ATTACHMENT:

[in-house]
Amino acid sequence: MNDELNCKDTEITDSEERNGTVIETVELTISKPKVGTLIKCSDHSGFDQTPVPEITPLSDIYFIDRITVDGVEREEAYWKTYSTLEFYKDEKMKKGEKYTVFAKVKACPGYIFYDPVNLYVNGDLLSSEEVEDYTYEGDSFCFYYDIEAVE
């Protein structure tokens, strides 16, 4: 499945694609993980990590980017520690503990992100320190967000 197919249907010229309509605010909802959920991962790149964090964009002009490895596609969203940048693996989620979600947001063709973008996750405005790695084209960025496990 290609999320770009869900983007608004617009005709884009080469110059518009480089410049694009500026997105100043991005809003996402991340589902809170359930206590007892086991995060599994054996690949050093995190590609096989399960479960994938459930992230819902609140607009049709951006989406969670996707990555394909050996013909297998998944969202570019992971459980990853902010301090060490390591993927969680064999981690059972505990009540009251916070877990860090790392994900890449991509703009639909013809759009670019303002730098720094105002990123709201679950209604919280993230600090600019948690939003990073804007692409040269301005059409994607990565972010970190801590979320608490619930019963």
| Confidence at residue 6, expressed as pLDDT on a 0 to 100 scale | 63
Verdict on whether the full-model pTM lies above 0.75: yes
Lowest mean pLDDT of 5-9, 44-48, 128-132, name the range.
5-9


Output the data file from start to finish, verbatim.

[in-house]
Amino acid sequence: MNDELNCKDTEITDSEERNGTVIETVELTISKPKVGTLIKCSDHSGFDQTPVPEITPLSDIYFIDRITVDGVEREEAYWKTYSTLEFYKDEKMKKGEKYTVFAKVKACPGYIFYDPVNLYVNGDLLSSEEVEDYTYEGDSFCFYYDIEAVE
């Protein structure tokens, strides 16, 4: 499945694609993980990590980017520690503990992100320190967000 197919249907010229309509605010909802959920991962790149964090964009002009490895596609969203940048693996989620979600947001063709973008996750405005790695084209960025496990 290609999320770009869900983007608004617009005709884009080469110059518009480089410049694009500026997105100043991005809003996402991340589902809170359930206590007892086991995060599994054996690949050093995190590609096989399960479960994938459930992230819902609140607009049709951006989406969670996707990555394909050996013909297998998944969202570019992971459980990853902010301090060490390591993927969680064999981690059972505990009540009251916070877990860090790392994900890449991509703009639909013809759009670019303002730098720094105002990123709201679950209604919280993230600090600019948690939003990073804007692409040269301005059409994607990565972010970190801590979320608490619930019963």
| Confidence at residue 6, expressed as pLDDT on a 0 to 100 scale | 63
Verdict on whether the full-model pTM lies above 0.75: yes
Lowest mean pLDDT of 5-9, 44-48, 128-132, name the range.
5-9